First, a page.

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Connecting with Black Catholics

After months of preparation, I finally made it to the National Black Catholic Congress (NBCC) in Washington, D.C.

The NBCC is held every five years in different states throughout the U.S. The purpose of the congress is to bring together Black Catholics to fellowship and learn from one another. Members of congress work together to develop a Pastoral Plan for Black Catholics over the next five years.

My Congress Experience

This year’s event was my third time attending the NBCC. I enjoyed my previous experiences and looked forward to the one this year.

Unfortunately, the weekend got off to a rocky start. I was unable to get to the Congress as early as I wanted to due to flight delays. I ended up arriving a day later than expected, which caused me to miss some of the early events. It was one of God’s reminders that we are not in control of everything and that we have to take our worries to Him in times of uncertainty.

My favorite moments from the congress were Mass at The Basilica of the National Shrine of the Immaculate Conception with Cardinal Wilton Gregory. Before moving to D.C., Cardinal Gregory was the Archbishop of Atlanta for 14 years. It was great to see him in person and hear one of his homilies again.

After Mass, we went to the National Museum of African American History and Culture for heavy hors d’oeuvres, live music and fellowship with Congress attendees. It was great to meet new people and experience the museum in a different atmosphere.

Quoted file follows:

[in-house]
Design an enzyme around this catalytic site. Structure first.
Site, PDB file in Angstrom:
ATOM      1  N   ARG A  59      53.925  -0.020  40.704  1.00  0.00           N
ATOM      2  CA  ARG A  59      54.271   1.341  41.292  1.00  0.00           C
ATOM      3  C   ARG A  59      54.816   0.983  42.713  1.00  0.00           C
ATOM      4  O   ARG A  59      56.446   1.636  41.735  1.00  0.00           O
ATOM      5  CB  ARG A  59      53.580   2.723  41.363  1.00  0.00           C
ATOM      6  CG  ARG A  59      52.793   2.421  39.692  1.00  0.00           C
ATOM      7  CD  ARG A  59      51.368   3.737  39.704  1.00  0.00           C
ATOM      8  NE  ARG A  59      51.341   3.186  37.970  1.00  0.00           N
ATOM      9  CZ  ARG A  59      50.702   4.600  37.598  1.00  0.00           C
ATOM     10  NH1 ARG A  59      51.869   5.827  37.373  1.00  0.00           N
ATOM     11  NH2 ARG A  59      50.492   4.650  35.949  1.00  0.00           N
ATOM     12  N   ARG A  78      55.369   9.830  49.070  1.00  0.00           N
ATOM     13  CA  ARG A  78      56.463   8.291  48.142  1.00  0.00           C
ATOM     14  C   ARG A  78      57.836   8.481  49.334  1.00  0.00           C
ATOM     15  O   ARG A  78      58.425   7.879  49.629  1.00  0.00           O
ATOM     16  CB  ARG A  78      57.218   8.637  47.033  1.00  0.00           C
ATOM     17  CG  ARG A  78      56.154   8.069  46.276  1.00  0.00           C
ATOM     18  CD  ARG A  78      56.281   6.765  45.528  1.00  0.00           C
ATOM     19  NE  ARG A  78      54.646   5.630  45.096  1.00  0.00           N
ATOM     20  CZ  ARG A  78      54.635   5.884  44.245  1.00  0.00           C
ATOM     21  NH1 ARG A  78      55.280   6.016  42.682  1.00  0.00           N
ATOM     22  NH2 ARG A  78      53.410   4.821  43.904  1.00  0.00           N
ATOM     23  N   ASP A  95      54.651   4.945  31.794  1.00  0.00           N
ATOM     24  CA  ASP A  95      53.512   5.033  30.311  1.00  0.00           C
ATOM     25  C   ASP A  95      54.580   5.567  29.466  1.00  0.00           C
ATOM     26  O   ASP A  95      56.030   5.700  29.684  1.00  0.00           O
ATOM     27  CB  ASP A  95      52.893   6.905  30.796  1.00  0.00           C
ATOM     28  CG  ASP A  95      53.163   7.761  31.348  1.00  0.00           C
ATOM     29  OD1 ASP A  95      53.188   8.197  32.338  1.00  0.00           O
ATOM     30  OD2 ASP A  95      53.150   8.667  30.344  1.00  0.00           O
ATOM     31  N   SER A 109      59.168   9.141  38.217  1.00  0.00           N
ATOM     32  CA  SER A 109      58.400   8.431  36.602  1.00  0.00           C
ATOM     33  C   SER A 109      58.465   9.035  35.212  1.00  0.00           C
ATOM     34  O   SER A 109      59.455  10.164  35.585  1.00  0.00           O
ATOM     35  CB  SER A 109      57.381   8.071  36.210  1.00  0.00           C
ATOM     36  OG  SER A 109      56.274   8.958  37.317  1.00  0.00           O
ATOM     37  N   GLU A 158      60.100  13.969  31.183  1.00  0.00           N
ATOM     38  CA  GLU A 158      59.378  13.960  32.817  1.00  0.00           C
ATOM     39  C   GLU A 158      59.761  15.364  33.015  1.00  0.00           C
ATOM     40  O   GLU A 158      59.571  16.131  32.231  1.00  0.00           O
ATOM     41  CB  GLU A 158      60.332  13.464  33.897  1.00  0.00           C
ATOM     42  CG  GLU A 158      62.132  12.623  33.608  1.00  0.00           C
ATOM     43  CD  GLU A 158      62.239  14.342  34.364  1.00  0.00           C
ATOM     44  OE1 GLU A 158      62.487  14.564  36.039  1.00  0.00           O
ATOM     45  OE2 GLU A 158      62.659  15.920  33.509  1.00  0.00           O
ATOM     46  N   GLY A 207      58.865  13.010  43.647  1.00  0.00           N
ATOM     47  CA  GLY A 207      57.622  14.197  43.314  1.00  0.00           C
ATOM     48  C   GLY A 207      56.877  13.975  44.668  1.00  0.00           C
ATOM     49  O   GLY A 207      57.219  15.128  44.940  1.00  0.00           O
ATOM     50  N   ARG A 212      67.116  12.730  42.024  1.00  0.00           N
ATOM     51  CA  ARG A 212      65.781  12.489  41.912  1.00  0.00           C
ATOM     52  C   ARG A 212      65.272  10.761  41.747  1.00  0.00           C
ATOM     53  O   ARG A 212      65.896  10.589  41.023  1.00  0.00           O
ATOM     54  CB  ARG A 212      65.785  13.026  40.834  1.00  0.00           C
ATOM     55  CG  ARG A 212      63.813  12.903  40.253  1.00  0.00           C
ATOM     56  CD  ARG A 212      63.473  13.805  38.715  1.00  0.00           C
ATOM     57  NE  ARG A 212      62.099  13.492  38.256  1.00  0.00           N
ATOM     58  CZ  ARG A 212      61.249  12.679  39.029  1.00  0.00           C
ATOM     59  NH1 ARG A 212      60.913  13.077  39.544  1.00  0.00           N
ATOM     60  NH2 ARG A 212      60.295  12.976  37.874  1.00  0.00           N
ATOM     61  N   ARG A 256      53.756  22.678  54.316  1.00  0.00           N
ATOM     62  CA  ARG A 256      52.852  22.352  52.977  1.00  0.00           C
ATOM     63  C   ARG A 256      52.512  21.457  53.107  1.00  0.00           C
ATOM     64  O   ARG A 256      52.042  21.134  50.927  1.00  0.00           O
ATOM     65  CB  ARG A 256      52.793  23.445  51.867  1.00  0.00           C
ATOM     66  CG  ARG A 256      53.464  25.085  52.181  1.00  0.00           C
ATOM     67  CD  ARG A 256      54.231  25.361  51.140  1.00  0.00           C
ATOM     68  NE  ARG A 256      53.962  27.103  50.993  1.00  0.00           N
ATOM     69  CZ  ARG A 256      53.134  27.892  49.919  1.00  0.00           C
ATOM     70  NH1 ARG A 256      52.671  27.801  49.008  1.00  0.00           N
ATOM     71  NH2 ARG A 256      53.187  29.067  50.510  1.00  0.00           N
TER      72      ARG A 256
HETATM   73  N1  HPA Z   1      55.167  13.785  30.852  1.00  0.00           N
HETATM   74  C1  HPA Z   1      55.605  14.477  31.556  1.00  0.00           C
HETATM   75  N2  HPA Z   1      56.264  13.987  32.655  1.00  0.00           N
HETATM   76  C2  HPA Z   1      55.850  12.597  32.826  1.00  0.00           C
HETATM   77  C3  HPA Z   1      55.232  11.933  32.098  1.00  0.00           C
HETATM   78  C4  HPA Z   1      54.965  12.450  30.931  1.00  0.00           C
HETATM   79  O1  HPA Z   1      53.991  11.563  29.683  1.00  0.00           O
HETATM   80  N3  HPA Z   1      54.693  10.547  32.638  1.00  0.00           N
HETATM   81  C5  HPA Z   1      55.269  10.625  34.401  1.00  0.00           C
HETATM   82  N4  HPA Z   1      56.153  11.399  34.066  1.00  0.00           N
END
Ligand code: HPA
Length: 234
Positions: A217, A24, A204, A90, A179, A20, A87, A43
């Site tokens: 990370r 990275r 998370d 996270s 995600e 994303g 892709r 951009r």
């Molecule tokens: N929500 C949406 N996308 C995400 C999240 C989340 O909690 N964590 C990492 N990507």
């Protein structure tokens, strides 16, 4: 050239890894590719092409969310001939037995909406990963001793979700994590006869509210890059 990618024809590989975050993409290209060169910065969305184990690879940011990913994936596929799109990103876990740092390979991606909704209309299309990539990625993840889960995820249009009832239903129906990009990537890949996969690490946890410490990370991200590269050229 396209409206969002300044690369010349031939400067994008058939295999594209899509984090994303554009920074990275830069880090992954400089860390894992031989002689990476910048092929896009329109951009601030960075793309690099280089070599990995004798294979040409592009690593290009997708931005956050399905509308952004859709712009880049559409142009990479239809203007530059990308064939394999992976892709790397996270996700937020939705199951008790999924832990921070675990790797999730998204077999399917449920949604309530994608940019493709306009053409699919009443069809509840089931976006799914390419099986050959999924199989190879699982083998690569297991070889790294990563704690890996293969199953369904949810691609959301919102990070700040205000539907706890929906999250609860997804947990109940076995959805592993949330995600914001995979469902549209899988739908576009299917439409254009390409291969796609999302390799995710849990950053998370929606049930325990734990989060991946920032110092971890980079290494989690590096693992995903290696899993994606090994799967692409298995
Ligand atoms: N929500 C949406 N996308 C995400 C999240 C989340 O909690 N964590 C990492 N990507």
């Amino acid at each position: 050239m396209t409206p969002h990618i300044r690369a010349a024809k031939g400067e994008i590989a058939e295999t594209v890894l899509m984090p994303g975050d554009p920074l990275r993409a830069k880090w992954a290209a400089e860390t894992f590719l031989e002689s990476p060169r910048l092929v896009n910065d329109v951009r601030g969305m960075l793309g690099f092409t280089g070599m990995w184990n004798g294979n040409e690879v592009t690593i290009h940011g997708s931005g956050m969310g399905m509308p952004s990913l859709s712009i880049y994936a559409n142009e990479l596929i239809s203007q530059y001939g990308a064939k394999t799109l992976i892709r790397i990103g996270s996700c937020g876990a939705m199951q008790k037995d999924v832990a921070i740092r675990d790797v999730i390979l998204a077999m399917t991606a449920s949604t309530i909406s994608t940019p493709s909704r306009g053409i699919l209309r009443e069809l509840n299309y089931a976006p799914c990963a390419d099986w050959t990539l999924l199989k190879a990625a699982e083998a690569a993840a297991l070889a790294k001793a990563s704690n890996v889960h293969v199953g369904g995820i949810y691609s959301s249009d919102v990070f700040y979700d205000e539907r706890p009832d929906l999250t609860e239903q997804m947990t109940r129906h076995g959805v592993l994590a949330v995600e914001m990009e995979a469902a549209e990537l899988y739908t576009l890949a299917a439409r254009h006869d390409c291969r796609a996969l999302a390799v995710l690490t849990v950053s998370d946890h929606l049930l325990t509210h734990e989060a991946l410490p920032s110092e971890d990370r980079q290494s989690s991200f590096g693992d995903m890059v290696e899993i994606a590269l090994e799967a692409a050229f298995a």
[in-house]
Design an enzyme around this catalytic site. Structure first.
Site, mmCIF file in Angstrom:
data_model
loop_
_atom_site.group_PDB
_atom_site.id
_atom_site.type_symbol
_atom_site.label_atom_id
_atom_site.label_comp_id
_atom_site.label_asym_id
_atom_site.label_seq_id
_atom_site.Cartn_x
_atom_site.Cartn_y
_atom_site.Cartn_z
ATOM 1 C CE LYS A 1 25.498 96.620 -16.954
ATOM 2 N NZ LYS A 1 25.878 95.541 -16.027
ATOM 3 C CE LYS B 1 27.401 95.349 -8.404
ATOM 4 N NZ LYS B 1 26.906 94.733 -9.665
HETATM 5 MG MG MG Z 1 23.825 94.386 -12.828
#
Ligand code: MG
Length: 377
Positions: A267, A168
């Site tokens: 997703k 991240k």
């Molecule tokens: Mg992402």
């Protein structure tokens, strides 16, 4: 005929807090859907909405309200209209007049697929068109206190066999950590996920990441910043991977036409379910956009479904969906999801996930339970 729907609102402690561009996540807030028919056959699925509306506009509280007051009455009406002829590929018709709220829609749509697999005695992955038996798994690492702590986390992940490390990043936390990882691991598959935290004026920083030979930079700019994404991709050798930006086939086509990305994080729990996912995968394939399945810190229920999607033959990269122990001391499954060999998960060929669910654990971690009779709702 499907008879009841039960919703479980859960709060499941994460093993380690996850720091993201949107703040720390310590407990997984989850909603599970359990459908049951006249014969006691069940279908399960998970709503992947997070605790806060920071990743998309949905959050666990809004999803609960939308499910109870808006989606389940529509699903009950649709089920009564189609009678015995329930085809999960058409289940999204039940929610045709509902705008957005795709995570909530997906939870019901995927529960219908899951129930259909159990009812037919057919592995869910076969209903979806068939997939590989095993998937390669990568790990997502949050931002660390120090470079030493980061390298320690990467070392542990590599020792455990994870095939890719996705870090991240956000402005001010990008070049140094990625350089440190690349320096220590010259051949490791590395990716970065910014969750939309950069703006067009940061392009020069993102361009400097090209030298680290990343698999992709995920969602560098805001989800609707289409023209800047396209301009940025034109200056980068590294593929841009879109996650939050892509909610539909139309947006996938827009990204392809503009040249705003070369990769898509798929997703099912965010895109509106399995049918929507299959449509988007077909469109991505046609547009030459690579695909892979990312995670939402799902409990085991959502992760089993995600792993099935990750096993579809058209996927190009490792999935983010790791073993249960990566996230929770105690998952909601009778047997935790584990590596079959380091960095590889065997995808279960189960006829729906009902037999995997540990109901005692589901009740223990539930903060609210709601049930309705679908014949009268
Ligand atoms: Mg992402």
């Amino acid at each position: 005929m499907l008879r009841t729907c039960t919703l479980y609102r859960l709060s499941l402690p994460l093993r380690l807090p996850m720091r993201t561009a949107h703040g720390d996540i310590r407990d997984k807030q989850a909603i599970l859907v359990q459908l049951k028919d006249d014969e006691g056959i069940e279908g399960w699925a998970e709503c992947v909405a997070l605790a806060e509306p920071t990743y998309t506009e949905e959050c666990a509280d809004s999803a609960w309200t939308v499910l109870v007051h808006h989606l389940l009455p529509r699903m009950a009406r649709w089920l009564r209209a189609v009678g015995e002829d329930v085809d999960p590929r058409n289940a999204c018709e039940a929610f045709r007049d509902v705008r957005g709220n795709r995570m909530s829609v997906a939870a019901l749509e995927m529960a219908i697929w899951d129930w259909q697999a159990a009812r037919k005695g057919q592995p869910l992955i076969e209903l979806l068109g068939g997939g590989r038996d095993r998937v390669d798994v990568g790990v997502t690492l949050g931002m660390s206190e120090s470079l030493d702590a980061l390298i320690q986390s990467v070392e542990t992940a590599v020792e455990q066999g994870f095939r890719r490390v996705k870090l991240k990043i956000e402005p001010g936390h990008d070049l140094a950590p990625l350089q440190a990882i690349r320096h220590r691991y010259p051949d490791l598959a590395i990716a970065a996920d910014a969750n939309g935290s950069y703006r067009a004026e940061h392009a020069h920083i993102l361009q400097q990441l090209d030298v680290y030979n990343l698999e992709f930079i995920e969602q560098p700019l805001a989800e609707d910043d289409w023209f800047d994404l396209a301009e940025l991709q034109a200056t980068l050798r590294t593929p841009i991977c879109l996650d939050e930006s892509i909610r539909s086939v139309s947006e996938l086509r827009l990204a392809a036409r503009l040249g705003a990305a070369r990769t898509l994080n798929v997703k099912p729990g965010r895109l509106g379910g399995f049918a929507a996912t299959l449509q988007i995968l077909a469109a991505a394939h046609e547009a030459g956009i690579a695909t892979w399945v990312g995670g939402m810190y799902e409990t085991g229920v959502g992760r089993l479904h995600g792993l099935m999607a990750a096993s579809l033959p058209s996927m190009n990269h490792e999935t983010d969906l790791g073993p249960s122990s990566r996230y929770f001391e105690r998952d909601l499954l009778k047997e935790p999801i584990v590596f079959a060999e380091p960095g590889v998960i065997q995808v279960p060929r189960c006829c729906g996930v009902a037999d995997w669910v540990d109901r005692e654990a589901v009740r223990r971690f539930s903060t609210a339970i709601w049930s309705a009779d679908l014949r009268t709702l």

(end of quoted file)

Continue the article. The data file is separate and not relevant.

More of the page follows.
While I enjoyed meeting people and the various sessions I attended, I realized that I wasn’t the same person who attended the congresses in the past. After my church hurt experience and healing journey, I realized that the congress is not the best Catholic space for me going forward.

This doesn’t mean the congress was a bad experience. It just means I need to take the time to find the Catholic spaces that best fit who I am today.

As we grow and change throughout life, we sometimes outgrow people and spaces that feel very familiar to us. And as we grieve what was lost, we must also remember that God is creating space in our lives for something new. As we experience seasons of change, may we be open to the blessings God is giving us.

Spiritual Reflection

  1. Think of something you used to dislike that you enjoy now. How has this change impacted your life?
  2. Reflect on a time when you moved into a new season of your life. What lessons did you take with you?
  3. How has God helped you move into a new season of life?

Read my story in The Georgia Bulletin on the Atlanta experience of the National Black Catholic Congress.

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